Broker (2022)

February 22nd, 2023
Author: Meredith Taylor

Dir.: Hirokazu Kore-eda; Cast: Song Kang-ho, Gang Dong-won, Bae Doona, Joo-young, Lee Ji-eun, Park Ji-young, Im seung-soo; South Korea 2022, 129′.

Surrogacy is given an upbeat comedy treatment in this touching crowd pleaser from Japanese humanist Hirokazu Kore-eda, his first to take place in Korea.

Broker is very much in the same vein as his Cannes winner Shoplifters, proving once again his talent for turning melodrama into social realism, even though the film is rather too fluffy in its near formalistic conclusion. It all starts in film noir mode: the rain is pelting down on the South Korean city of Busan where distraught mother Moon So-young (Ji-eun) has just given birth to a child she cannot afford to keep. There is a baby hatch in a nearby religious charity building, and she puts baby Woo-sung (Ji-yong) in front of the hatch and disappears into the night. Following hot on her heels are two baby trafficking detectives – Soo-Jin (Dona) and Lee (Joo-young).

The day after, So-young has a change of heart – even though she had put a note into the baby-basket promising that she would return she confronts a pair of kidnappers Ha Sang hyon (Kang-ho) and Dong soo (Dong Gang-dong-won) who are actually stealing her baby for a money-making scam. When So-young threatens the two men with the police, they admit their crime, but offer So-young a part in the “sale” of her baby: it’s always better to have the biological mother present. The detectives are puzzled when So-young gets into the spirit of things, refusing to lower her asking price, even though the adopting couple lower their offer claiming “the baby isn’t as cute as in the photos”.

Broker occasionally risks turning into a farce, but Kore-eda cleverly avoids it. The same going for the role playing changes with the two detectives seemingly are the only ones, who want the baby to be sold, just to solve their case. DoP Hong Kyung-pyo shows off his love of small details, and Song Kang-Ho, who won “Best Actor” in Cannes, perfectly pitches his melancholic take on proceedings. Broker is certainly not Kore-eda’s best, but it may be his warmest, most humanistic and passionate statement, moving the audience without spilling into sentimentality. AS



In his first Korean-set film unfurls itself into another touching, wryly funny tale of surrogate families. It’s not quite on a par with his Palme d’Or winner Shoplifters – what is? – but it’s a crowd-pleaser and a gentle joy, with a standout performance from Parasite’s Song Kang-ho.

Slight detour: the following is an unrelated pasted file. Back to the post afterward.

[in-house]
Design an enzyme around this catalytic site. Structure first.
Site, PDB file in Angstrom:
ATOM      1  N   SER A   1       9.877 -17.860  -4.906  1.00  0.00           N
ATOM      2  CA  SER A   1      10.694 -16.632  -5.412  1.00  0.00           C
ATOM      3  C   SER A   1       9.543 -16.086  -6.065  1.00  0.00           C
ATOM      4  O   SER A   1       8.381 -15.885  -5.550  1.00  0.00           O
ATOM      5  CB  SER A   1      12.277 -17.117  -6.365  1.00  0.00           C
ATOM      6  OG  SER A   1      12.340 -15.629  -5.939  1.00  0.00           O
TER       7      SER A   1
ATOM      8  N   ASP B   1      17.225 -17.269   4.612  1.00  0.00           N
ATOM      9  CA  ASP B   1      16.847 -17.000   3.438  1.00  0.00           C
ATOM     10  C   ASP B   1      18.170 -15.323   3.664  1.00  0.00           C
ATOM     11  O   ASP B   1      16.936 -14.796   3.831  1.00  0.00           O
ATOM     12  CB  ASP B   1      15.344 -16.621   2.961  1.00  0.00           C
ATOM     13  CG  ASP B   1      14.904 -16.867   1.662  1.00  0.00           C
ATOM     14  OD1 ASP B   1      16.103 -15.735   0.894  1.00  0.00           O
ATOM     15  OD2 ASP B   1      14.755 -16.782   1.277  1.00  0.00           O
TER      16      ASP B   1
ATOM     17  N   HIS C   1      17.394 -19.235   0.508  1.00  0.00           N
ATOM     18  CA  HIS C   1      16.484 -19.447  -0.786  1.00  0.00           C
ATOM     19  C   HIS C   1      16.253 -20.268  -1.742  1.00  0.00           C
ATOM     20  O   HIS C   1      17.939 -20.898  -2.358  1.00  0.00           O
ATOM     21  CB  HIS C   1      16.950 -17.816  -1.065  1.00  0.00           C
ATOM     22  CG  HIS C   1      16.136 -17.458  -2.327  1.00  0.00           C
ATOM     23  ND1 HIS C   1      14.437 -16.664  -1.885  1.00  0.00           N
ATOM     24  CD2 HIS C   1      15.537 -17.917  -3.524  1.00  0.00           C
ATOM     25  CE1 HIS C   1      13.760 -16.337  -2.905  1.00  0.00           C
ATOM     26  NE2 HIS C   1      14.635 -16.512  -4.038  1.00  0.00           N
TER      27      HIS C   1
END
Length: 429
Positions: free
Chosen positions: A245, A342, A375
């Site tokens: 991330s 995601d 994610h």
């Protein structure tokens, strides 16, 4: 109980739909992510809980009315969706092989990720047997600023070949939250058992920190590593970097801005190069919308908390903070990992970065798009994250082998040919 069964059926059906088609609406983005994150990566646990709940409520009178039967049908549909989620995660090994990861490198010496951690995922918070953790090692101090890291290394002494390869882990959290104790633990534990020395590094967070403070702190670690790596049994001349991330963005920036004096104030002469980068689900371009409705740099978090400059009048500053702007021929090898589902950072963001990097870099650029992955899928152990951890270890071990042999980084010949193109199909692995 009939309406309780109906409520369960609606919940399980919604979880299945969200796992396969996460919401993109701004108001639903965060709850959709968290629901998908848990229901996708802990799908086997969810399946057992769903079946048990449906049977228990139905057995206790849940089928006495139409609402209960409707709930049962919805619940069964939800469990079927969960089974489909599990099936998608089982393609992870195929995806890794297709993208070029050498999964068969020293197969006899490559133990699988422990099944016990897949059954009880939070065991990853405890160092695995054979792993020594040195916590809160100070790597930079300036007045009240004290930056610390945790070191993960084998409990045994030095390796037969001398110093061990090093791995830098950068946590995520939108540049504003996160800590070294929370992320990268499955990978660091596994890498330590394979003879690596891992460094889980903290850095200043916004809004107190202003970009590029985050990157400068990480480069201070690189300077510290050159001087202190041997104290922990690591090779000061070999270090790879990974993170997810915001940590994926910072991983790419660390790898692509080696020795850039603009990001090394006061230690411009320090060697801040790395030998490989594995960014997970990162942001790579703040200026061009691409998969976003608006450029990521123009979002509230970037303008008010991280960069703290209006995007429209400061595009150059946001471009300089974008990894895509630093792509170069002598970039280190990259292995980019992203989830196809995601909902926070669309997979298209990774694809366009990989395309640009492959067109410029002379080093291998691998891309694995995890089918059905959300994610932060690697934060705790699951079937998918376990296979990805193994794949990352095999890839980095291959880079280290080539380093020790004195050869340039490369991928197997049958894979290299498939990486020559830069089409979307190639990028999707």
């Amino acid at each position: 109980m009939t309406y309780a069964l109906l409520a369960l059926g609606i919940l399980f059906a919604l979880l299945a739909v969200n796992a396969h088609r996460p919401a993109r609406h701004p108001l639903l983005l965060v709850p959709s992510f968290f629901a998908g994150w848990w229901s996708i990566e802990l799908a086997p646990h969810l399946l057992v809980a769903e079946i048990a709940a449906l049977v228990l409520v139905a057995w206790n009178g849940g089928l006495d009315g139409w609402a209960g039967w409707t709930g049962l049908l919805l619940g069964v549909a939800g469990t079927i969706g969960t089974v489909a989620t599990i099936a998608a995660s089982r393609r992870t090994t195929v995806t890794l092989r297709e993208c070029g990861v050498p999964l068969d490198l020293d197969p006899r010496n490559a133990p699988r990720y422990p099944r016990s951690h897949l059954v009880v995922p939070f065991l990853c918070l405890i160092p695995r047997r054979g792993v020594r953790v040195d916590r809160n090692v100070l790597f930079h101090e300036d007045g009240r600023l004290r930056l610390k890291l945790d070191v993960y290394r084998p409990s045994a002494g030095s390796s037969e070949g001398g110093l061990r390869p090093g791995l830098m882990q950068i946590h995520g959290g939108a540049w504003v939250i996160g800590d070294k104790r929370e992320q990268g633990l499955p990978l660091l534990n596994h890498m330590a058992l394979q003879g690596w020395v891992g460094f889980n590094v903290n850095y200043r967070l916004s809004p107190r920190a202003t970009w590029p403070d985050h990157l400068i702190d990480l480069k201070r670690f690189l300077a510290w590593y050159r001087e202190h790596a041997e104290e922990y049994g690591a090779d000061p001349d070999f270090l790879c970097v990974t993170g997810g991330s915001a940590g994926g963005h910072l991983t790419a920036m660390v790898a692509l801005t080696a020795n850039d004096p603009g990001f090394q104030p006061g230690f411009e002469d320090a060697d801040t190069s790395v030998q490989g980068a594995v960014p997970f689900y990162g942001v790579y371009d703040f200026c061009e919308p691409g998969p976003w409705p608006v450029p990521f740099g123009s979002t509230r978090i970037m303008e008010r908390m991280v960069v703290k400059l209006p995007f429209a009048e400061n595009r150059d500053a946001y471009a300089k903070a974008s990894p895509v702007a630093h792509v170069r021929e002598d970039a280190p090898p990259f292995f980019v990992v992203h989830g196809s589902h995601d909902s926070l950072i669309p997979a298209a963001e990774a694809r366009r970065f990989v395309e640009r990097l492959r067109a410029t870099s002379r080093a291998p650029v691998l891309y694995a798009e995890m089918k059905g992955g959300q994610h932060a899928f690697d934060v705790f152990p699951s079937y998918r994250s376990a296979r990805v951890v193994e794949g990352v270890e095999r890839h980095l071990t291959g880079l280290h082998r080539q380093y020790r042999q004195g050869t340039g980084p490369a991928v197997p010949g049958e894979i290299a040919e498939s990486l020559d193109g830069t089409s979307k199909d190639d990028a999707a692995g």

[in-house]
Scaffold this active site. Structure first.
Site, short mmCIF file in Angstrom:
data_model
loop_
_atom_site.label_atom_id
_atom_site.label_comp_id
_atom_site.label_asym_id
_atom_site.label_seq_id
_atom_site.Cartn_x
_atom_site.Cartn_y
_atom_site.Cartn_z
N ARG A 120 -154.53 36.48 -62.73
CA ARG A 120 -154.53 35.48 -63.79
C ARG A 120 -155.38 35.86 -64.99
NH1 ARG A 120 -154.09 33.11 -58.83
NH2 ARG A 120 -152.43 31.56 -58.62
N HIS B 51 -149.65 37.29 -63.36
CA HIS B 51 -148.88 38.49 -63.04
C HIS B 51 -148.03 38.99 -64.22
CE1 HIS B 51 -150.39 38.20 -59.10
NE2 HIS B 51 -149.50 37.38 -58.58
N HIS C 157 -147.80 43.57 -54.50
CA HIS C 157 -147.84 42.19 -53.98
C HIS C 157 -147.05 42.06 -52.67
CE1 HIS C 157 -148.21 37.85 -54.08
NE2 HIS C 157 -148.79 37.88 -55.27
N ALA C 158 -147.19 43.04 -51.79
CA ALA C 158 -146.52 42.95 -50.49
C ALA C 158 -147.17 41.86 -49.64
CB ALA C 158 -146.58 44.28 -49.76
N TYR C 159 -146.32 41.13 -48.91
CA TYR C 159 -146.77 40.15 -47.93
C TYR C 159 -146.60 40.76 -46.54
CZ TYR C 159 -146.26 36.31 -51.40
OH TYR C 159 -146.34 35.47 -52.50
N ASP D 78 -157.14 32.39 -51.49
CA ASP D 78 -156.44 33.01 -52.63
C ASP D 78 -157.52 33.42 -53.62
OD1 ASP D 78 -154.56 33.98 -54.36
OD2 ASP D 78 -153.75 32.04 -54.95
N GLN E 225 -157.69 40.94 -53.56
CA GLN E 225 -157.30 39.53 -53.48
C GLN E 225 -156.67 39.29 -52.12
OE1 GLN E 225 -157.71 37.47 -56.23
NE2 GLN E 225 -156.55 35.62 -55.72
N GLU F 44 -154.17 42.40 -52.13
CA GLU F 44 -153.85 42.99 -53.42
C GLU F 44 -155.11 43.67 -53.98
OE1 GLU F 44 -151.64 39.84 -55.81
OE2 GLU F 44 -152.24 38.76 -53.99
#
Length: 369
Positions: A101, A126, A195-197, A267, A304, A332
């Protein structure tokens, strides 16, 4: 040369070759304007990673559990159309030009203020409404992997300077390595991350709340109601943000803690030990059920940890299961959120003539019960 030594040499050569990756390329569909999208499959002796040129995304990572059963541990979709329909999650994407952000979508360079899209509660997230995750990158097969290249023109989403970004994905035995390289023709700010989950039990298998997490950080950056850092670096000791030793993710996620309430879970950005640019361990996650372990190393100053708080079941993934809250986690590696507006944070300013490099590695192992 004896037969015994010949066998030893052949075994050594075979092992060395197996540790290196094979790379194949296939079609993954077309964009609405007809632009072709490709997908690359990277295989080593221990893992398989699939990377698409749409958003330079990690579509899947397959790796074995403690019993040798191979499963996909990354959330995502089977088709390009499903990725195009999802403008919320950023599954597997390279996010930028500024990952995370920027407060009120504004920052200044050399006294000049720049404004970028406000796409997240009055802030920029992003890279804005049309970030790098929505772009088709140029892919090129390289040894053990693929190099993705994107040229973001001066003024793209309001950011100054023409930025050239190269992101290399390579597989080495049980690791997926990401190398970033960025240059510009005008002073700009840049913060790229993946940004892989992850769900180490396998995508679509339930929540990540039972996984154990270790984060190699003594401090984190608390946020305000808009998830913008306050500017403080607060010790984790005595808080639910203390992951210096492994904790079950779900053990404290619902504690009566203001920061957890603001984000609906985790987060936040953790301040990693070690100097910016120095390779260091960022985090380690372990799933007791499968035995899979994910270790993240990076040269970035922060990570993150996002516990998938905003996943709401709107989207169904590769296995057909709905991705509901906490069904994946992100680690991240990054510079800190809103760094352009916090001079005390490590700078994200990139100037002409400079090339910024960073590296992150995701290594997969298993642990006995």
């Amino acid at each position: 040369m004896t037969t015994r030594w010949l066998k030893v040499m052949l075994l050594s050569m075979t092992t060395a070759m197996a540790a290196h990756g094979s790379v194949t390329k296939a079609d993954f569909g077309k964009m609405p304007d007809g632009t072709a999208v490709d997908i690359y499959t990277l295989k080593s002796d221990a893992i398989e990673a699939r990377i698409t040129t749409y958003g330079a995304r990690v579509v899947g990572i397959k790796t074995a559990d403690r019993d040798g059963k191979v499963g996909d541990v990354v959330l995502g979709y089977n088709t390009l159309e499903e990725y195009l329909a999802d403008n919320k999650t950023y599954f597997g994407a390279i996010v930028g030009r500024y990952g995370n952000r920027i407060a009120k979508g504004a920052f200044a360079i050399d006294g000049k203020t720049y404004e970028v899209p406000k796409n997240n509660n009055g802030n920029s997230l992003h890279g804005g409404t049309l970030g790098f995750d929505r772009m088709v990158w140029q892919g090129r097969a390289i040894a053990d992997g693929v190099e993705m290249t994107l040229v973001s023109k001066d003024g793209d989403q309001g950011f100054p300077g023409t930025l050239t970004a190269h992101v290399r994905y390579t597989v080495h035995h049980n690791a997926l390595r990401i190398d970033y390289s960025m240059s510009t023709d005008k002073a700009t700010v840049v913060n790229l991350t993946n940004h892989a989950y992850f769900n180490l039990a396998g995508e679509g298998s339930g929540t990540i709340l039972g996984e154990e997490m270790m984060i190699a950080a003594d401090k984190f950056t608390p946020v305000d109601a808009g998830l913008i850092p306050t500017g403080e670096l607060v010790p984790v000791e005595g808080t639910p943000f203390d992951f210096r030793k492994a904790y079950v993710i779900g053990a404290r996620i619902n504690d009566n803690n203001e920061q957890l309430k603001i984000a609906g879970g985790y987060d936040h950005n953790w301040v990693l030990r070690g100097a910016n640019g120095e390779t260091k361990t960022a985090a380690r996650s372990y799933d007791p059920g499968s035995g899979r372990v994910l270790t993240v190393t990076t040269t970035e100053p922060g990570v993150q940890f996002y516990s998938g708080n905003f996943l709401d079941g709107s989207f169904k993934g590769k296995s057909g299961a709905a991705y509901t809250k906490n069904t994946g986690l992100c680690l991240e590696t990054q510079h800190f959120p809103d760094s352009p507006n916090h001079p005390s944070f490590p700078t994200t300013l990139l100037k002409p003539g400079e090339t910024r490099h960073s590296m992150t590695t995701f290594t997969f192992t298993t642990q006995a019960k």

Broker opens with a young woman, So-young (K-pop star Ji-eun Lee), leaving her new-born son at one of Busan’s so-called baby boxes. They’re a real-life mechanism to enable struggling parents to ensure unwanted children find their way into care. But they come with social judgment – ‘You threw your baby away’, So-young will be told on more than one occasion – and in Broker’s world, at least, they’re ripe for exploitation. Sure enough, two adoption brokers, Sang-hyun (Parasite’s Song Kang-ho) and Dong-soo (Gang Dong-won), steal the baby and begin touting him around on their network of wealthy wannabe parents, using their laundrette as a front for their criminal enterprise.

It’s an unlikely scenario – even before So-young, wanted for murder and being trailed by two cops, forms an unlikely alliance with the two baby traffickers – but Koreeda’s warmth and wit make it easy to let it slide. He wants to take you on a journey with a burgeoning family of misfits that’s soon swelled by another young orphan. The quartet, and the young moppet, travel around in a battered van full of dry cleaning from one lot of potential parents to another. It reminded me of Little Miss Sunshine in its easy charm, and there are similar dynamics are at play here: touching bonds slowly forming, life lessons being learnt and some big laughs.

The thieves-with-a-heart-of-gold trope is reinvigorated by Song Kang-ho’s Basset Hound charms
The hackneyed thieves-with-a-heart-of-gold trope is reinvigorated by the sharpness of the writing and Song’s Basset Hound charms. While Broker occasionally gets close to cloying, especially in its neat ending and jaunty score, Koreeda keeps it the right side of cutesy. It’s best enjoyed as a modern-day fairy tale – only, one where the abandoned baby sparks nothing but enchantment.


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